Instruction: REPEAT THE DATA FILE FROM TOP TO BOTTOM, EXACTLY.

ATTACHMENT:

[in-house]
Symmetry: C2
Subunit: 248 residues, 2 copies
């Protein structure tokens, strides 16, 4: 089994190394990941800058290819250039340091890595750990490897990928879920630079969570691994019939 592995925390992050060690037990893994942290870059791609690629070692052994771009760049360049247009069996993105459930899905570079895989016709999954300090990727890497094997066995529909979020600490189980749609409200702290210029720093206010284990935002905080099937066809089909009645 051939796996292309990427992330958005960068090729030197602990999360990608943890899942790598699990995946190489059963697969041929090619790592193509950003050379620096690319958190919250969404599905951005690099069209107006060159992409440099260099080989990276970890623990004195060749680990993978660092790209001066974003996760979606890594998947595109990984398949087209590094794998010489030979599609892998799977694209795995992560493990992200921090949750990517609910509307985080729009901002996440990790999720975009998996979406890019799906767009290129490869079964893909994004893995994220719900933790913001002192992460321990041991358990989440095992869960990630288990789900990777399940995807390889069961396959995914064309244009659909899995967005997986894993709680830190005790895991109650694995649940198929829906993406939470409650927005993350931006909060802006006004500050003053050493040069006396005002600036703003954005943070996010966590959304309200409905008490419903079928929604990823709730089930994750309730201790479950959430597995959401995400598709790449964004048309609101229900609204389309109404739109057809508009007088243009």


[in-house]
Symmetry: C2
Subunit: 248 residues, 2 copies
């Protein structure tokens, strides 16, 4: 089994190394990941800058290819250039340091890595750990490897990928879920630079969570691994019939 592995925390992050060690037990893994942290870059791609690629070692052994771009760049360049247009069996993105459930899905570079895989016709999954300090990727890497094997066995529909979020600490189980749609409200702290210029720093206010284990935002905080099937066809089909009645 051939796996292309990427992330958005960068090729030197602990999360990608943890899942790598699990995946190489059963697969041929090619790592193509950003050379620096690319958190919250969404599905951005690099069209107006060159992409440099260099080989990276970890623990004195060749680990993978660092790209001066974003996760979606890594998947595109990984398949087209590094794998010489030979599609892998799977694209795995992560493990992200921090949750990517609910509307985080729009901002996440990790999720975009998996979406890019799906767009290129490869079964893909994004893995994220719900933790913001002192992460321990041991358990989440095992869960990630288990789900990777399940995807390889069961396959995914064309244009659909899995967005997986894993709680830190005790895991109650694995649940198929829906993406939470409650927005993350931006909060802006006004500050003053050493040069006396005002600036703003954005943070996010966590959304309200409905008490419903079928929604990823709730089930994750309730201790479950959430597995959401995400598709790449964004048309609101229900609204389309109404739109057809508009007088243009």